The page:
Network Rail sorry for disability 'distress' over lift closures

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Network Rail have promised to consult disabled passengers about accessibility improvements in future

Rail bosses have apologised for causing "distress" after disabled passengers had to drag themselves up stairs to access a station due to lift closures.

Network Rail has admitted closing all three lifts at Manchester Victoria station "was the wrong thing to do".

Disability charity Scope said it is "unacceptable that disabled people have to take a risk with each journey".

The rail company apologised following a review of the 2019 incident by the Equality and Human Rights Commission.

The commission found Network Rail had breached its legal obligations to make reasonable adjustments for disabled users.

The firm's North West route has now entered a legally binding agreement to prevent discrimination against disabled people.

It also promised to consult disabled passengers and groups in the future ahead of accessibility work.

'Deeply sorry'

Wheelchair users had to move up steps to access the station or use a stair-climber when lifts were being replaced in September 2019.

Network Rail had failed to complete a disability-impact assessment and consult with disabled passengers or groups to determine whether arrangements to replace the lifts were appropriate, EHRC said.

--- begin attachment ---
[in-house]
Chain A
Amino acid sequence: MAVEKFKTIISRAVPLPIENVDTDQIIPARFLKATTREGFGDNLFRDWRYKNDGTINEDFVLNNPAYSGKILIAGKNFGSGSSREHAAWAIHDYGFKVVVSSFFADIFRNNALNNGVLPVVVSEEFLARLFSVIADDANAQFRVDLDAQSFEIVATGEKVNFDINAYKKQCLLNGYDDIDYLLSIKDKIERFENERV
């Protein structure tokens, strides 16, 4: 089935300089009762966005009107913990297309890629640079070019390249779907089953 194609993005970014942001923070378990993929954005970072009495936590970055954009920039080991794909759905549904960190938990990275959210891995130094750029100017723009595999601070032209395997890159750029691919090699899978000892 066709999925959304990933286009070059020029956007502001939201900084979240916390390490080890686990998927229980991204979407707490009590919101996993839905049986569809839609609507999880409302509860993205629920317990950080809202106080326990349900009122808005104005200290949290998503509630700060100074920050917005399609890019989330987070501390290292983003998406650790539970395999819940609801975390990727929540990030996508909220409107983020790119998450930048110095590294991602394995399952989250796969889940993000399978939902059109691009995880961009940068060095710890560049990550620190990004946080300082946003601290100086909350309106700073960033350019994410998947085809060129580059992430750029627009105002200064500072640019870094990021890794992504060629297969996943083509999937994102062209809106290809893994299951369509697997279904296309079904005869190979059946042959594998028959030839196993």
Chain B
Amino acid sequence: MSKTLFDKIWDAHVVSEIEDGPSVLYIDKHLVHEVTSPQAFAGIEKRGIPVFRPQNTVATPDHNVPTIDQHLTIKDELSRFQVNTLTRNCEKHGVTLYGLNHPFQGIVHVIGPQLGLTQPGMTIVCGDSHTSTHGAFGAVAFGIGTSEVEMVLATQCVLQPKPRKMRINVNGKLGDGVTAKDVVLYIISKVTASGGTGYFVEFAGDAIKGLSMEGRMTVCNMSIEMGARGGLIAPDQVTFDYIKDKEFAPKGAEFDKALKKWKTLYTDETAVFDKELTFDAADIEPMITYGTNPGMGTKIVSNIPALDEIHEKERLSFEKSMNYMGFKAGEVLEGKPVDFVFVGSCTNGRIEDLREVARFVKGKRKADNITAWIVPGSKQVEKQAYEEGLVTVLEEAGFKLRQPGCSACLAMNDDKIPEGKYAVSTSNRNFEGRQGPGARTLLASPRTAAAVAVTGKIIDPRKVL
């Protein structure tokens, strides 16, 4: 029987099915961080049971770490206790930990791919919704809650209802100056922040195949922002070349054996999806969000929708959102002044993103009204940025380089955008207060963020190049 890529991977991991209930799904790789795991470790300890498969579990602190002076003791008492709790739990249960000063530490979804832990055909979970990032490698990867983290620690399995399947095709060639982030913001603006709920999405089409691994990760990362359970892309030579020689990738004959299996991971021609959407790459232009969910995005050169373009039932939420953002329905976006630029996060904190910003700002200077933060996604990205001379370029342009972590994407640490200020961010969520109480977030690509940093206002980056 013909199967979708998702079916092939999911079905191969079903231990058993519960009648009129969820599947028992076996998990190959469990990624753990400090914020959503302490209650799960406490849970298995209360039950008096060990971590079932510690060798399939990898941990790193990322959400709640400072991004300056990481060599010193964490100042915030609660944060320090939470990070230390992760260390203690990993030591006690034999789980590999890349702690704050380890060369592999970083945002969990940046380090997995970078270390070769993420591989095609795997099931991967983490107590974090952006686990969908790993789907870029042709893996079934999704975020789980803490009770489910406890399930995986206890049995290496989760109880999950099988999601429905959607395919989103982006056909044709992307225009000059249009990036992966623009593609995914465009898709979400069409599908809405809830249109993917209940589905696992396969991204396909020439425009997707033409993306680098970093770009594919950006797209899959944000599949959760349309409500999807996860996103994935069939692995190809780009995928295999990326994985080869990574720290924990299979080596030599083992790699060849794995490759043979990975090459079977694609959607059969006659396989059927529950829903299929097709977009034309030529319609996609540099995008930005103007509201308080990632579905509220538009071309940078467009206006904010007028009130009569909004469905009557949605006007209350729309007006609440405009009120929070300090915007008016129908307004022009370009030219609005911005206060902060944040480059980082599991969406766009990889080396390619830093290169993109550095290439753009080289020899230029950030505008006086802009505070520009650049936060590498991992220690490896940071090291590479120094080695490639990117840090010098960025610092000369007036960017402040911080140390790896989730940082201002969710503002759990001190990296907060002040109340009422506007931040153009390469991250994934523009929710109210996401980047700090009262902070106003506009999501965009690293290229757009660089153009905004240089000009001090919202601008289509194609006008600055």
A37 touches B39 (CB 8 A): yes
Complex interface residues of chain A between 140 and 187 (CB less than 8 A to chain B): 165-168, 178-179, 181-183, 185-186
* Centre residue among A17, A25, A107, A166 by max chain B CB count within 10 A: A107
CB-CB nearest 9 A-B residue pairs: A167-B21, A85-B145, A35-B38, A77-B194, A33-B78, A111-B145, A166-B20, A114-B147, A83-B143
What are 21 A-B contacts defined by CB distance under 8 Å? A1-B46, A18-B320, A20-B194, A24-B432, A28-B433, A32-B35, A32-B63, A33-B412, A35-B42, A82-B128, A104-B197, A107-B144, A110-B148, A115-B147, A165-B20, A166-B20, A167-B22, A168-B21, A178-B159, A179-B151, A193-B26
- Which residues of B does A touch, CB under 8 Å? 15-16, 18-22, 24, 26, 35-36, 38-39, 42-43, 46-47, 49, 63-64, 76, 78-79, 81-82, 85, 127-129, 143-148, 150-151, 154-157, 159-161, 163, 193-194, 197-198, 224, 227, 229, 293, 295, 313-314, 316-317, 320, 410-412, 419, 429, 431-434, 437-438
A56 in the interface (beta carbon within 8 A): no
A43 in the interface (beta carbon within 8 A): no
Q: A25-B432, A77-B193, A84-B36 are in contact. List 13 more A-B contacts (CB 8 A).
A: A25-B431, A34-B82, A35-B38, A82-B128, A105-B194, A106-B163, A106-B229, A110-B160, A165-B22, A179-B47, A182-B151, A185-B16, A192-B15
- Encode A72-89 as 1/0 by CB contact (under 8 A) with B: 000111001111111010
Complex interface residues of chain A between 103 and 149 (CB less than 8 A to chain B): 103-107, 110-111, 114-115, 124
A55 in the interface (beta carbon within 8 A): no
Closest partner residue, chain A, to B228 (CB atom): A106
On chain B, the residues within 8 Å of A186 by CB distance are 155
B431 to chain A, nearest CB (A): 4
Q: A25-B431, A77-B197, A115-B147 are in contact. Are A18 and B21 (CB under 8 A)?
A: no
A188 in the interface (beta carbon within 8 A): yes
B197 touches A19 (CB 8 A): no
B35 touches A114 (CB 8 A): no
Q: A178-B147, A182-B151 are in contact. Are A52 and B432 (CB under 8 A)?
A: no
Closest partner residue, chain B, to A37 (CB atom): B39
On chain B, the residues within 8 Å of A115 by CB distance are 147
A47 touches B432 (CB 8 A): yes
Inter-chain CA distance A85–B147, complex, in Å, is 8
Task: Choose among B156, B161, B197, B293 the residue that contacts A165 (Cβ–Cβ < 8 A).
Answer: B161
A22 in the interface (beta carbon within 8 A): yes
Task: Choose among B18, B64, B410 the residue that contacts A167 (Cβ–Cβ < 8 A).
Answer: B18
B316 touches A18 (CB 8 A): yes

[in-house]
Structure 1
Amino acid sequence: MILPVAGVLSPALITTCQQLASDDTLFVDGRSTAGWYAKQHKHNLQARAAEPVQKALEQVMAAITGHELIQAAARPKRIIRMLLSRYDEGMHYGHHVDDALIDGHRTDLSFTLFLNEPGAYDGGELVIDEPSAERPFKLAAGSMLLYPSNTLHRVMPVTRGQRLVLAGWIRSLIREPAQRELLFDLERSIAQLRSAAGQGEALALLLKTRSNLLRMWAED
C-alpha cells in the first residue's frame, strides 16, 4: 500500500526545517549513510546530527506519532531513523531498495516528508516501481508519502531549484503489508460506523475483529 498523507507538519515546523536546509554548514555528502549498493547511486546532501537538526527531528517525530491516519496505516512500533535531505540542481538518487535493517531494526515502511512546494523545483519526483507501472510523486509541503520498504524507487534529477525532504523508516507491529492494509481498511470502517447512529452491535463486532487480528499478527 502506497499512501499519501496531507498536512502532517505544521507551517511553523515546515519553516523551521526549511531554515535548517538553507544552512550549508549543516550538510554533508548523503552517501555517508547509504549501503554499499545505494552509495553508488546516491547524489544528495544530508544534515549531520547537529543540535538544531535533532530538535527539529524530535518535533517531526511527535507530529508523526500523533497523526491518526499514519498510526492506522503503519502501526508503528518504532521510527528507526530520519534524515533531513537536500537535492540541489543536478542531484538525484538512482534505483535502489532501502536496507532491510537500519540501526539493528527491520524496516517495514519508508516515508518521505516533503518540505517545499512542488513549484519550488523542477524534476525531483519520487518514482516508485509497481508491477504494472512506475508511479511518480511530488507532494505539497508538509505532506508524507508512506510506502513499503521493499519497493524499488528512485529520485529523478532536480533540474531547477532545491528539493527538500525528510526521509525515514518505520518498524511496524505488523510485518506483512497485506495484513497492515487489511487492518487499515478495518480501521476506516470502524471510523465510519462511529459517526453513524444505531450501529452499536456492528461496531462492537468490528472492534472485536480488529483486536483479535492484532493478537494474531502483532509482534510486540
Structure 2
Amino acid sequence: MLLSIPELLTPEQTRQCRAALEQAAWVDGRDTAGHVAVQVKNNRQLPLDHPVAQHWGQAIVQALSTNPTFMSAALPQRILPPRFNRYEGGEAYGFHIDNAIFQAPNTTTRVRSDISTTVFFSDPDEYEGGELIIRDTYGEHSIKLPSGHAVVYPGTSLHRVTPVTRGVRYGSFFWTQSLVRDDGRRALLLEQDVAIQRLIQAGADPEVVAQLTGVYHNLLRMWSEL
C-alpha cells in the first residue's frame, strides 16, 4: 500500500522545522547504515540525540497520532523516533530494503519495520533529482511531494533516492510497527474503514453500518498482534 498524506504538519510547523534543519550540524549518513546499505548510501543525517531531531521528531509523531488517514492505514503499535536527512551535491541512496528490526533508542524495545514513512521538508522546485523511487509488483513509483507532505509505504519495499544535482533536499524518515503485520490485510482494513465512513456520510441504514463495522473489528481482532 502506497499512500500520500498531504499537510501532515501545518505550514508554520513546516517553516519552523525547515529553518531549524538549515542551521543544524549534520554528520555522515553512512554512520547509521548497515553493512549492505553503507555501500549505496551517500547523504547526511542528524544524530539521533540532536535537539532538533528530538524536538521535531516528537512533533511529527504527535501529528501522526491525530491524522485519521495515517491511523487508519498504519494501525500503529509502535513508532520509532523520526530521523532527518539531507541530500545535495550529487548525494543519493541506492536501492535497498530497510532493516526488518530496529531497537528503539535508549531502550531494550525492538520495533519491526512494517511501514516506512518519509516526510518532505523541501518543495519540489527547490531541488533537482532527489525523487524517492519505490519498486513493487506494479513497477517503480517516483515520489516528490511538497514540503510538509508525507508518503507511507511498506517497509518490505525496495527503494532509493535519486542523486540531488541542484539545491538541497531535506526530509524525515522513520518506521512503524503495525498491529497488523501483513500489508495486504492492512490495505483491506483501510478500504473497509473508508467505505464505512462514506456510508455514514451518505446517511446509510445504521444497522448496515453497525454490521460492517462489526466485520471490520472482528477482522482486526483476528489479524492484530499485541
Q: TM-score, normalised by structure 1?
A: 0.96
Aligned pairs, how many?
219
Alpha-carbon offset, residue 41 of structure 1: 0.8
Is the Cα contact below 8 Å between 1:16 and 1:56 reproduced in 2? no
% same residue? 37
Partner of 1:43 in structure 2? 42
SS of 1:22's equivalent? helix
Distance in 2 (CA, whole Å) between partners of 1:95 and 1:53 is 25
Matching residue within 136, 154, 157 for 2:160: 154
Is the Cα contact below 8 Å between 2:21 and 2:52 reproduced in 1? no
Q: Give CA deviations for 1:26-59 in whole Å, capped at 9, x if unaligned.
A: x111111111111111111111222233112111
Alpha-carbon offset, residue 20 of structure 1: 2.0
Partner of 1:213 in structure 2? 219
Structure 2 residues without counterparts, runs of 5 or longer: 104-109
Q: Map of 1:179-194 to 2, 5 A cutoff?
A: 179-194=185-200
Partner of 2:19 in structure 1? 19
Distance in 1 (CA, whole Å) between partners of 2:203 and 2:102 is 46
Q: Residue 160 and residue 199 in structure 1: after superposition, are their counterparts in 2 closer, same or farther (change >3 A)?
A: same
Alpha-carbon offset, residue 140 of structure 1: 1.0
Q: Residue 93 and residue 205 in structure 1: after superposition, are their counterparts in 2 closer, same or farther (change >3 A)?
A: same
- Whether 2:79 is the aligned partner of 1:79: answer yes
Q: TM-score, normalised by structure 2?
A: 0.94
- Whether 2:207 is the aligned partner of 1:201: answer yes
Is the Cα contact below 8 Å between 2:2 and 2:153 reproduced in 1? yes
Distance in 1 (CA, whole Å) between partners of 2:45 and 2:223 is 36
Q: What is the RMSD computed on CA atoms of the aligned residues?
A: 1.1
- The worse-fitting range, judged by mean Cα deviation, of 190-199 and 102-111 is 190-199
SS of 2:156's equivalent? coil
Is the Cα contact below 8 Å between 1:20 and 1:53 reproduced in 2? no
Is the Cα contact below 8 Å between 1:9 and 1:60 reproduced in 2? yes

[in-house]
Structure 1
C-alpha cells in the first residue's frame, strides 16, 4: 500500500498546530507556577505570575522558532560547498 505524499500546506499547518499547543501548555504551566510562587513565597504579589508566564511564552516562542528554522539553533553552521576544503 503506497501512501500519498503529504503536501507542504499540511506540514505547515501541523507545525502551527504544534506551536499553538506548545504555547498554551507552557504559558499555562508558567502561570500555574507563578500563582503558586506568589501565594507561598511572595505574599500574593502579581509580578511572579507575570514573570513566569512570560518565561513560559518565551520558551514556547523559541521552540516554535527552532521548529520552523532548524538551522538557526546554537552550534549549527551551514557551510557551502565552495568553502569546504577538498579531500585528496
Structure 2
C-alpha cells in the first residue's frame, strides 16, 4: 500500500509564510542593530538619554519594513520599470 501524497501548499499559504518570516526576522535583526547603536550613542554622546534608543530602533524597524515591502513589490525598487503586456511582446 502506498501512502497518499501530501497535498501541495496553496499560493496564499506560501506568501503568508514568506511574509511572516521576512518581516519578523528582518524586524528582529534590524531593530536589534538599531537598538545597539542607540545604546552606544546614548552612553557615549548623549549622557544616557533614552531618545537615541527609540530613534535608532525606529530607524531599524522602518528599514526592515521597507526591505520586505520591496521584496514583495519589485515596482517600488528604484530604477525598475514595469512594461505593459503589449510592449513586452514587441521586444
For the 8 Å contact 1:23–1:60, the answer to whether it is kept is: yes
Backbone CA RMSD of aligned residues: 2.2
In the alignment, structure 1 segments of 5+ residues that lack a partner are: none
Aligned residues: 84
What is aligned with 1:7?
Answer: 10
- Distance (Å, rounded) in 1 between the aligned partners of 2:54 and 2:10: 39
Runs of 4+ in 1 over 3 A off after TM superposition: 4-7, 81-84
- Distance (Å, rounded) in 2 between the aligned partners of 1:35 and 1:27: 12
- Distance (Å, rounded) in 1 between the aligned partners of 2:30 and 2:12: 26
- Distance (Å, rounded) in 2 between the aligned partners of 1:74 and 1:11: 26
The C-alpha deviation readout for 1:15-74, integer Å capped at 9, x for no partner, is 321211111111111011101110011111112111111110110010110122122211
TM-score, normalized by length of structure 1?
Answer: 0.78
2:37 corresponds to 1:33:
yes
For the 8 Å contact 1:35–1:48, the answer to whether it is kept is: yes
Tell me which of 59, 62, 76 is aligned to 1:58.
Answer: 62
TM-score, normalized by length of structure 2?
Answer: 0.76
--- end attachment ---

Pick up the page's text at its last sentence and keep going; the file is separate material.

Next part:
Alastair Pringle, EHRC executive director, said: "Transport operators have clear responsibilities in law to ensure travel is just as possible for disabled people as for everyone else.

"When that doesn't happen, the impact on disabled people can be disastrous."

Phil James, Network Rail's North West route director, said a lack of available lift engineers led to the company closing all three lifts at the same time.

"This was the wrong thing to do and we are deeply sorry for the distress and inconvenience this caused mobility-assisted passengers," he said.

James Taylor, executive director for strategy at Scope, welcomed the action being taken, but said "numerous accessibility deadlines" had already been missed by the rail industry.

He said: "It also shouldn't take a legally binding agreement to ensure companies consult with disabled people before making decisions that affect them."

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